What makes food brands ‘authentic’? Survey asks Millennials to weigh in
Last year, Fortune magazine reported that the top packaged food and beverage companies lost an estimated $4 billion in market share in 2014. Food and beverage consultancy Watershed said that this shift is largely driven by the hunt for 'authenticity,' especially from the biggest demographic of consumers in the US today—millennials.
“The industry is trying to digest this dramatic power shift from trusting consumers to a new, highly-engaged demographic."
The report, based on two ethnographic studies, compiled the opinions and preferences of American consumers that fall into the millennial age group (around 18 to 34) in an attempt to define what authenticity means.
What makes a brand authentic?
There were two methods used to collect the data. One study, titled 'Media Habits of Millennials,' looked at 178 videos from 67 millennials, people aged 18-32, over the course of a week. The second, titled 'What Matters to Millennials,' was a person-to-person survey with 400 millennials over the course of five days.
Based on their findings, there are five points that help brands get an 'authentic' stamp from consumers. The first two related to the product itself: clean ingredients, which means a promise that the product is made out of natural, fresh, and organic ingredients; and a quality product with great taste, which Watershed explained meant that, to Millennials, “top-shelf ingredients and great flavour are non-negotiable.”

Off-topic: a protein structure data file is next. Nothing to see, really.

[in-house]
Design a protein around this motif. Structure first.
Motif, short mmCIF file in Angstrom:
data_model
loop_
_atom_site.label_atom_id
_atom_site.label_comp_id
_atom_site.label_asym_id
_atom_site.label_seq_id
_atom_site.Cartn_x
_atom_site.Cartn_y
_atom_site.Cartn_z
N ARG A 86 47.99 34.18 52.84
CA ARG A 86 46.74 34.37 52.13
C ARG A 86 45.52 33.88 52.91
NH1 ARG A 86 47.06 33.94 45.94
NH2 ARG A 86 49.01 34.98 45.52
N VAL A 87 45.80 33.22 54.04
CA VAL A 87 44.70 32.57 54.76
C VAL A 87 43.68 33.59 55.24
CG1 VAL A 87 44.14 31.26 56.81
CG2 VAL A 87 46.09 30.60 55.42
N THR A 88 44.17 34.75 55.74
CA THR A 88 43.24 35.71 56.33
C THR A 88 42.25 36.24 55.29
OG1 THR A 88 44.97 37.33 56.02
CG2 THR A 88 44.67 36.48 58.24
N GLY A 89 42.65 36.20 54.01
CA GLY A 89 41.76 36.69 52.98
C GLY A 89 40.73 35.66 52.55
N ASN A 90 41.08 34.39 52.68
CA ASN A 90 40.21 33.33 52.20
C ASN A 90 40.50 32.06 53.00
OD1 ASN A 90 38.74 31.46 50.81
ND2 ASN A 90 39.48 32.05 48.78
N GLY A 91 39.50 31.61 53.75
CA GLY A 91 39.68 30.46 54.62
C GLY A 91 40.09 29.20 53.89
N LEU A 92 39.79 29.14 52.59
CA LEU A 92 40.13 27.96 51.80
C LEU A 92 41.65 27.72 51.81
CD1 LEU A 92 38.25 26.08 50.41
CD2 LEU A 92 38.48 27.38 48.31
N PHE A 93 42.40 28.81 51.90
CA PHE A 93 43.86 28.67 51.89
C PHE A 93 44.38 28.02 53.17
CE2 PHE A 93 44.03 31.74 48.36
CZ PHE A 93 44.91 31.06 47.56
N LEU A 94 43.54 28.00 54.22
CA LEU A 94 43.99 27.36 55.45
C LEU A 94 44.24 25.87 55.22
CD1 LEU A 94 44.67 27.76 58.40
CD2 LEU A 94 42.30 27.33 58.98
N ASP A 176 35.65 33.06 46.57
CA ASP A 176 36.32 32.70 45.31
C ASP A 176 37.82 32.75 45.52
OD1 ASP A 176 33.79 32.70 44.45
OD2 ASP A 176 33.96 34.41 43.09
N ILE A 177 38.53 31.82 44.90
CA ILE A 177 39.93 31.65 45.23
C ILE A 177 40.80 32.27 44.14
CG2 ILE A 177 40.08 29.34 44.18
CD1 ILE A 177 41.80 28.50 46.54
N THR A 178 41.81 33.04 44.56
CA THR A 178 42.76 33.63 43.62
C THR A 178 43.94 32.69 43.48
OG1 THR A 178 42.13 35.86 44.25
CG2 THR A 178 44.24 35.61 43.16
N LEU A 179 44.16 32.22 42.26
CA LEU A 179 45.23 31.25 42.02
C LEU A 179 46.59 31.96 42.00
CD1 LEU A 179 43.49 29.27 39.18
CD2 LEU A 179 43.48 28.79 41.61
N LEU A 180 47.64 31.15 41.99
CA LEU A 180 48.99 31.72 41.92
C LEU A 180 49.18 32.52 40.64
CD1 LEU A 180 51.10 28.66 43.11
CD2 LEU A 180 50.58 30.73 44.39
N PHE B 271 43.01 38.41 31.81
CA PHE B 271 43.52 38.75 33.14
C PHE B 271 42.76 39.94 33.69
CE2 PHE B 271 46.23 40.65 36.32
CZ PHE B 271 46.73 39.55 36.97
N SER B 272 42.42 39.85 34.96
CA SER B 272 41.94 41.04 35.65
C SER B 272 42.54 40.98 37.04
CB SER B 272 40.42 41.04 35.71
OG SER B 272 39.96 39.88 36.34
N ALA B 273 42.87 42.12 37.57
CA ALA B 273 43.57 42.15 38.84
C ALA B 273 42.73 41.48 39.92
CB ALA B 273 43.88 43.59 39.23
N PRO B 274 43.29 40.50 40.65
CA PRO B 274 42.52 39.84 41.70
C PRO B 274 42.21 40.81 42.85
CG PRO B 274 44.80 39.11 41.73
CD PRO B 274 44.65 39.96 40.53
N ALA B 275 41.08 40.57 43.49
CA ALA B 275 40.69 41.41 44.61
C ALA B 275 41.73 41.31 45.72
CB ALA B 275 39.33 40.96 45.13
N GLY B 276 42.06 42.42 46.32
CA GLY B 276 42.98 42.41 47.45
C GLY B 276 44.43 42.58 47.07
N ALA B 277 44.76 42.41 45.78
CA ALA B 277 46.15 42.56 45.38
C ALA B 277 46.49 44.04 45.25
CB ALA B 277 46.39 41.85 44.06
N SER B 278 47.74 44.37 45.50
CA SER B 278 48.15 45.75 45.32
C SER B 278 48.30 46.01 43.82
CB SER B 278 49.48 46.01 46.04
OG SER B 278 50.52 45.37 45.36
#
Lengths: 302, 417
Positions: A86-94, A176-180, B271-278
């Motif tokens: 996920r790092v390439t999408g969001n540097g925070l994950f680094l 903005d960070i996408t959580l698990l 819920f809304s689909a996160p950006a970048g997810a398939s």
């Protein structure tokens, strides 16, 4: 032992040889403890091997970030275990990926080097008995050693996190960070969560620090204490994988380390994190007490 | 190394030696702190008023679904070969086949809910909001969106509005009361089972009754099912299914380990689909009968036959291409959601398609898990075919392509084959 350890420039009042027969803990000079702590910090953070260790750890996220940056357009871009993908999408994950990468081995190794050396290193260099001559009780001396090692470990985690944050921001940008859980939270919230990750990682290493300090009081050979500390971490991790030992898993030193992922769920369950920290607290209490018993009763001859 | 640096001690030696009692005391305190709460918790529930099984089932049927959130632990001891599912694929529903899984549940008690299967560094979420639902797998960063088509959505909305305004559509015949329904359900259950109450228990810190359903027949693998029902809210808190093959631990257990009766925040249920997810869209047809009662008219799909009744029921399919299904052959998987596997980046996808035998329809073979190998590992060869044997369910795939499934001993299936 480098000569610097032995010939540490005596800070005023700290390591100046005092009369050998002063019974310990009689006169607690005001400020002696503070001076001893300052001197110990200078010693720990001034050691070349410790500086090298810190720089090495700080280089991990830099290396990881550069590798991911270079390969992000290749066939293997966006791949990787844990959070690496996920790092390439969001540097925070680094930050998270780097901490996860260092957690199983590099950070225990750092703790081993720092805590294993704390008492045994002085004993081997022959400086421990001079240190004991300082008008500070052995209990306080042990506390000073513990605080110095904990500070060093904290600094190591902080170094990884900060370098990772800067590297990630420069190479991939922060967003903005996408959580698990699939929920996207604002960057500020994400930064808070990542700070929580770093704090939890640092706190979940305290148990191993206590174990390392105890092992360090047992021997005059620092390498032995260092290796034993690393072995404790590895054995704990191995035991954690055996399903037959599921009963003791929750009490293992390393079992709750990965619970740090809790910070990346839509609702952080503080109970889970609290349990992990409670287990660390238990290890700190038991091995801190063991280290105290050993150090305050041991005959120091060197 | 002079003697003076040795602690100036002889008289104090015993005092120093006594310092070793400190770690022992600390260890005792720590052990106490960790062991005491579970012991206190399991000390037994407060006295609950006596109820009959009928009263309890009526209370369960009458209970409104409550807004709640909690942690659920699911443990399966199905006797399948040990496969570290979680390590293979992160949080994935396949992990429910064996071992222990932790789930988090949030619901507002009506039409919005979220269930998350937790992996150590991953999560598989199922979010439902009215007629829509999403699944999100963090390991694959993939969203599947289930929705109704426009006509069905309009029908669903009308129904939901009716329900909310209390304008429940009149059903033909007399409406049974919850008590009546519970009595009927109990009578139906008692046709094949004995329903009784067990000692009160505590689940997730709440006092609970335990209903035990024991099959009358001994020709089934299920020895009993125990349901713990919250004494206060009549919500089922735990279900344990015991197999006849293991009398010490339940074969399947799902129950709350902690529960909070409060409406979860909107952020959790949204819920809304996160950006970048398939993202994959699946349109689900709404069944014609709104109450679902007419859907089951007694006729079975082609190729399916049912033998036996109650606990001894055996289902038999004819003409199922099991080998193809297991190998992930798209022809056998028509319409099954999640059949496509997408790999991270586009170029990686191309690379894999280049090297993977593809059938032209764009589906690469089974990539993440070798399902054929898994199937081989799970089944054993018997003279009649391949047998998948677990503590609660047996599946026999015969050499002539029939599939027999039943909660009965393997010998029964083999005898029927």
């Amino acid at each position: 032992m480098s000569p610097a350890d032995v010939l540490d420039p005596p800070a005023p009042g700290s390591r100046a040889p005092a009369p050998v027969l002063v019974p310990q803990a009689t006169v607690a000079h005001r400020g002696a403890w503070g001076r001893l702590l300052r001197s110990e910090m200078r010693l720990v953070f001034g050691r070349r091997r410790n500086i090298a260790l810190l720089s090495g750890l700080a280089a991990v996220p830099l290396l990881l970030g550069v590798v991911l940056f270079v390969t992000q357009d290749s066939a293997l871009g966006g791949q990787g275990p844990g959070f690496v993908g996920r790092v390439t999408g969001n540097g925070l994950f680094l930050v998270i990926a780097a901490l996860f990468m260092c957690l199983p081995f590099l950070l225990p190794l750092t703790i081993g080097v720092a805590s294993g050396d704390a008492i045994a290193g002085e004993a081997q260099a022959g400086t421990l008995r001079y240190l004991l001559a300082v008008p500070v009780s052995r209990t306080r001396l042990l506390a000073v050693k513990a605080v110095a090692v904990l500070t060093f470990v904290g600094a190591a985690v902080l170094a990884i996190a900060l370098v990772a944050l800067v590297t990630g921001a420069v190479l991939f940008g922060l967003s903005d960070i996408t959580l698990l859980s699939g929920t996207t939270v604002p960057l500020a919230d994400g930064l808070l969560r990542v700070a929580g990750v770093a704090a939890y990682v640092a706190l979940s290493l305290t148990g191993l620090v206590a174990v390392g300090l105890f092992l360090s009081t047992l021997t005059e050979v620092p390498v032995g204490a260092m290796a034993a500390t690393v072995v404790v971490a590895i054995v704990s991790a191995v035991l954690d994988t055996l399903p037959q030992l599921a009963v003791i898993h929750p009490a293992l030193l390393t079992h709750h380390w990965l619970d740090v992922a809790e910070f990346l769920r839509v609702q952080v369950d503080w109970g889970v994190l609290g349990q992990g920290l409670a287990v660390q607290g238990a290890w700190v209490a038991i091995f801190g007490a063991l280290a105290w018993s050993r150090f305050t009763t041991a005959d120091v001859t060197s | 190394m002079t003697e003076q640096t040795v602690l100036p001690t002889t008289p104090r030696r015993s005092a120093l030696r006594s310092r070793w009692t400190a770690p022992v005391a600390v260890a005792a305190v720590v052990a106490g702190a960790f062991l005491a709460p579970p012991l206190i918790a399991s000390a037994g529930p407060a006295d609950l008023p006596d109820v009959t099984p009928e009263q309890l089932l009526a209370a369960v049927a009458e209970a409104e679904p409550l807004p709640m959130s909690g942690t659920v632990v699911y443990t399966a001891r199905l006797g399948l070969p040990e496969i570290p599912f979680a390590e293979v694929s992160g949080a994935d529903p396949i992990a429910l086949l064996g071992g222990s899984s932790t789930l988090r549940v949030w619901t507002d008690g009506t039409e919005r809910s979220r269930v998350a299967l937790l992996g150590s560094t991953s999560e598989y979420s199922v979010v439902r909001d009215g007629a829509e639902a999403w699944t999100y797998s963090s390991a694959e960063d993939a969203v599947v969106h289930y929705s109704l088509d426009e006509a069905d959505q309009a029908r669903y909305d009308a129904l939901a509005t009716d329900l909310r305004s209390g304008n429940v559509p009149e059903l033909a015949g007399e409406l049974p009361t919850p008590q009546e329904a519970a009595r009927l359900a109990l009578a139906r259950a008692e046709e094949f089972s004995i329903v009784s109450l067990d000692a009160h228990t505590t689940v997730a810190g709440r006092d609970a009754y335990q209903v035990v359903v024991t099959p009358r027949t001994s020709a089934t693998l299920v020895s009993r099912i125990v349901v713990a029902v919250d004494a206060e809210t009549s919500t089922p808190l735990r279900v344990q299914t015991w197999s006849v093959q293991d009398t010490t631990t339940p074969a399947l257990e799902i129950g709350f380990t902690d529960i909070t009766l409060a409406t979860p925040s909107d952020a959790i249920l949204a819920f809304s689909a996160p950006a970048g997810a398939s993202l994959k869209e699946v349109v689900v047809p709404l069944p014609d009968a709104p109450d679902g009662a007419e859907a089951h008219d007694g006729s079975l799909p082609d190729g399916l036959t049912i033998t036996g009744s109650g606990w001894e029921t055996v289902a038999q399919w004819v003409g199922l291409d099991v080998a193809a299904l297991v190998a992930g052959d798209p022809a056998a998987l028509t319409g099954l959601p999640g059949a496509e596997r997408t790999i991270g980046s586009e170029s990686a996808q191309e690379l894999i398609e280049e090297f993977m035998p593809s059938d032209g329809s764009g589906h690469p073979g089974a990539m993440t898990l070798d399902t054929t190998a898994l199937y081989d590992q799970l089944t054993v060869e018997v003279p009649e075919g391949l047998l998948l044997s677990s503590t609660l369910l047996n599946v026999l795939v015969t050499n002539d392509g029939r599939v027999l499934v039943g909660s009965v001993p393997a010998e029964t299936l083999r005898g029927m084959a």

The last three had a lot to do with how the company behind the brand conducts business, and how it positions itself in the world. True to mission, meaning brands have to stay true to their claims and slogans; culturally accurate, attributed to the fact that Millennials tend to be more exposed to global flavors and symbols, so they “appreciate brands that genuinely honor cultural heritage;” and transparency, which means fine prints are a no-no—go for big bold letters instead.
In the 'swipe culture,' first impressions are everything
According to the report, big brands that were associated with authenticity by many millennials included, in order: Trader Joe's, Coca-Cola, Kind Bars, Honest Tea, and Starbucks. “We were surprised by the millennial definition of authenticity,” said Lisa Donoughe, Watershed’s principal and founder, in the press release. “Millennials want simplicity and consistency – not just small, indie brands.”
A crucial component of setting a positive and authentic image on consumers is the first impression. Print magazines and broadsheet ads in newspapers aren’t primary sources anymore though they still matter, but with smaller pages (erm, screens) and more concurrence, millennials have created the habit to read briefly and swipe away—unless what they glimpsed was compelling.
A large percentage of millennials said that they can easily describe a newly discovered food or beverage brand in one sentence (84%), while 86% of millennials determine brand fit right after reading about the product. In other words, the generation is forming opinions about brands from the minute they read about them, Donaghe said.
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